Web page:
First Time Watching: Titanic

At some point in my life, I convinced myself that I can’t sit through movies that are three hours long. Maybe it was ten years ago when there was a Lord of the Rings marathon going on in the residence lounge on my floor at school. Only three of us showed up because everyone else had finished exams and gone home, or were studying.

Don’t ask me what the movie was about, I sat at the back and didn’t have my glasses with me. Nor did I even try to pay attention. Looking back, I think the three of us just wanted to hang out. I remember we were all sick, too.

Anyway, Titanic falls in the category of “Movie longer than 3 hours” so I’ve always put it on the back burner. But since I started this, “First Time Watching” series, I knew I’d have to watch it eventually.

This past Saturday night, around midnight, I decided to watch Titanic.

It was totally a spur of the moment thing. I hadn’t thought about it all day.

I think, subconsciously, I knew that if I started a three-hour movie around midnight, I’d give myself an excuse to stop watching after an hour and continue another day.

Nope! I watched the whole thing in one sitting. And you know what?

I loved it!

Now, I feel a bit uncomfortable saying that, just because it’s about an event where around 1,500 people died in real life. So, when I say I loved Titanic, just know I’m talking about the movie and the story it told.

I was worried the movie would be really slow. That wasn’t the case, at all. The first half hour flew by and no one had even boarded the ship, yet.

As you probably know, it’s a story about a first-class woman named, Rose, and a third-class man named, Jack, who fell in love faster than Clare and Dale on The Bachelor.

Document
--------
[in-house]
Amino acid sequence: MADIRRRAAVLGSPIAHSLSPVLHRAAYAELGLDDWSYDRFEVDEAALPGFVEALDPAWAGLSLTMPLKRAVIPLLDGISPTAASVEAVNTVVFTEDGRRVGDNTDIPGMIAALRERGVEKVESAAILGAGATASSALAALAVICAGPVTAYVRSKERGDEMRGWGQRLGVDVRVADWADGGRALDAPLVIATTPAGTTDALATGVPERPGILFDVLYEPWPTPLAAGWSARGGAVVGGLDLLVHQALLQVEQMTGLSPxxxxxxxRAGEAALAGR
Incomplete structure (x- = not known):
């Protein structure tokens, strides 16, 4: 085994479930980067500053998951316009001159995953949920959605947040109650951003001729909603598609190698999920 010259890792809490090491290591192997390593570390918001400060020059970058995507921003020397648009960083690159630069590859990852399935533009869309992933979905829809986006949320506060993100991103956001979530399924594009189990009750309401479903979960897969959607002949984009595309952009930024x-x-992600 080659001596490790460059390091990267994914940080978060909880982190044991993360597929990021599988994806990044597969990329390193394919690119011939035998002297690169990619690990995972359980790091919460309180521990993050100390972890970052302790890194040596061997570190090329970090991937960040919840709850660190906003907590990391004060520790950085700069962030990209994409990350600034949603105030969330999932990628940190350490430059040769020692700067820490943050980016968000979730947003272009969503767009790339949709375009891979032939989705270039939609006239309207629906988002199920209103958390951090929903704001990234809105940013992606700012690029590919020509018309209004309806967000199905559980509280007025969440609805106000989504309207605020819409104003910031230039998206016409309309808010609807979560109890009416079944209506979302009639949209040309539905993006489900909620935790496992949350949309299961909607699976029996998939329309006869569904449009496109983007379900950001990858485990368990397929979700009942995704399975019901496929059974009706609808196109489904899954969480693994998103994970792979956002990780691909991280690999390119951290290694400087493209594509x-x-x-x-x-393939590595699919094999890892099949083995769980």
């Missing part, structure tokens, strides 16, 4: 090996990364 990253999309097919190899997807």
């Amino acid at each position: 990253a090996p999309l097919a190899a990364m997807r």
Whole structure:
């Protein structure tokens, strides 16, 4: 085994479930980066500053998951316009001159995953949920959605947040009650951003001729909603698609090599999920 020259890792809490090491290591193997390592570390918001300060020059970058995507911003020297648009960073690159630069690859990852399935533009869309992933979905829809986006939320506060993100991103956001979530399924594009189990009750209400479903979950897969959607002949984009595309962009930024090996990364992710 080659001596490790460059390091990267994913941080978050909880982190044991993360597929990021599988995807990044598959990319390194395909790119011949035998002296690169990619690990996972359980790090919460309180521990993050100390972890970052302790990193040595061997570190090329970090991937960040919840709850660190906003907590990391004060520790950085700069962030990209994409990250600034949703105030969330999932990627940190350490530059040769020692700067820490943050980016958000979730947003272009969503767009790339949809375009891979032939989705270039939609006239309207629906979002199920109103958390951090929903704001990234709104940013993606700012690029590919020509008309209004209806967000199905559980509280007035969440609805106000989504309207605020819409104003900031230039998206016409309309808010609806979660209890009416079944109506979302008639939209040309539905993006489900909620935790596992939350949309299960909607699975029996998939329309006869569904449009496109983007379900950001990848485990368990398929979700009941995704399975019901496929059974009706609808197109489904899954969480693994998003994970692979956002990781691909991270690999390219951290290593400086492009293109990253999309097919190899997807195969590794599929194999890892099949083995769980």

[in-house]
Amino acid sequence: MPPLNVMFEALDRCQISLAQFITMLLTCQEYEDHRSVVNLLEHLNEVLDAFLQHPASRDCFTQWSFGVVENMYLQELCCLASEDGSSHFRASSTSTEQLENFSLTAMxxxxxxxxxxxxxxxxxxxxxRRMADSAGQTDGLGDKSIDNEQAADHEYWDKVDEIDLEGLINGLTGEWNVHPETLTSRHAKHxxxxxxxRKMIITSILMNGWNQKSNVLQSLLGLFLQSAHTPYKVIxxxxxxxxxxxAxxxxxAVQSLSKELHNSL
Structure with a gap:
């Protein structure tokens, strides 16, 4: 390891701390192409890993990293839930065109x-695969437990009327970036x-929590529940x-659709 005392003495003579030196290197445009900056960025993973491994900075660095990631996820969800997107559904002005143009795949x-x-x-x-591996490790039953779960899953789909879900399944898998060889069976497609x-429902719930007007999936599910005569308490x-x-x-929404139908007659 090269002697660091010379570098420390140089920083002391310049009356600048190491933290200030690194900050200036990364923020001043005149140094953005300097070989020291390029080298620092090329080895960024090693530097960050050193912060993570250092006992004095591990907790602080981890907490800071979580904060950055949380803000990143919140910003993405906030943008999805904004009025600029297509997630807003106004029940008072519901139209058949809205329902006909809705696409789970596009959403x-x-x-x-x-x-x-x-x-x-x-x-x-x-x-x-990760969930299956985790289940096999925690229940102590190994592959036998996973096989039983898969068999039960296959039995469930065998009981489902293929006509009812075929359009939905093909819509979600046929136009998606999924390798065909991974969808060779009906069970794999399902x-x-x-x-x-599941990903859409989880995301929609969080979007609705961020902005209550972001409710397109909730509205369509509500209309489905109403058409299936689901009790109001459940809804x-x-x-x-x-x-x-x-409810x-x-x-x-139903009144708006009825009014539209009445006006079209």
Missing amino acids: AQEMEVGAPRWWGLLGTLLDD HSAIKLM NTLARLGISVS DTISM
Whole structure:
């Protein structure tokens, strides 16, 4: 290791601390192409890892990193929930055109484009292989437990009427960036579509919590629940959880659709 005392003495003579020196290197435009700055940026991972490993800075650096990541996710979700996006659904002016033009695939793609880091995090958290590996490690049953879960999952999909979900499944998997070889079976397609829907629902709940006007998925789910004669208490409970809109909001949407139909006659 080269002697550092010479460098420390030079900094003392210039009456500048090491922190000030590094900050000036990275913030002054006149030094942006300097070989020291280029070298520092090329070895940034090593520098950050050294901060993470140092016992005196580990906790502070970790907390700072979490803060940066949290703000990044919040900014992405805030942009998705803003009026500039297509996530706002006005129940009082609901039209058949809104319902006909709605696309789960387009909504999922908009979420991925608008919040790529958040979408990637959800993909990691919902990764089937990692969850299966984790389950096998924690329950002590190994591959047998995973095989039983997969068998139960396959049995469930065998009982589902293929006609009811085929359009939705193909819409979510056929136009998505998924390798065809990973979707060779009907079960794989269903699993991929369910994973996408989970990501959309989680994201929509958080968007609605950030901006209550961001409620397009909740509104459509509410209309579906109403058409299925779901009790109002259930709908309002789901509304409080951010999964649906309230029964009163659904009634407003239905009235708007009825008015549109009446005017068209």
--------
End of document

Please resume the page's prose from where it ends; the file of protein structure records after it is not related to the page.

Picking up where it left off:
Rose was on the ship with her fiancé, Cal, who was a real Hickory Dickory the entire movie. I don’t know what that means, exactly, but it sounds right. Doesn’t it?

Rose never liked Cal, but was going along with the marriage because her mom was persistent. Rose’s father had left them with nothing and marrying Cal ensured they’re future wealth.

Clearly, Rose’s mom wasn’t there for the right reasons.

Rose snuck away one night with the intention of jumping off the boat. Jack saw her and said, “If you jump, I jump”. This talked her out of it. Hey, sometimes all you need is one person to care about you, or believe in you.

From then on, Cal always looked like he had sand in his socks, and a fly up his nose, whenever he saw Rose interacting with Jack. How dare she speak to a mere muggle? What did Jack have to offer her? Two for one coupons? Cal had the big bucks! Not to mention a rich-person haircut!

What Cal failed to realize was that love is not about money, but I guess the show, For Love or Money was still decades away from making its television debut.

The “I’m Flying, Jack” Scene

Let’s talk about it. Can we talk about it? Let’s talk about it.

This is the only scene in the movie that I knew about ahead of time. Before I started the movie, I had no idea what would fill the entire three hours. Tea at high noon? Or is it high tea at noon? Maybe it’s just high tea?

Regardless, that only takes up so much time.

This scene where Rose is on the edge of the boat and lifts her arms up like a bird, and Jack is behind her for balance – and to display physical affection – came out of nowhere for me.

For some reason, I thought it would be much later in the movie? Maybe as the Titanic is starting to flood and they sneak off to have a moment?

To be honest, the whole scene was overrated. I was expecting to hear the voice of Celine Dion come in and accentuate the moment, but she never did. The song was purely instrumental! I was let down.

I’ve seen so many recreations of it, and so many sporting moments set to “the Titanic song”, that I expected to be blown away as a viewer. I wasn’t.

No joke, when the scene ended, I went right to Google to find out if this scene appears twice in the movie because, surely, this one was just to whet our appetite, and the one later would be more emotional and have CELINE DION belting out, “My heart will go on.”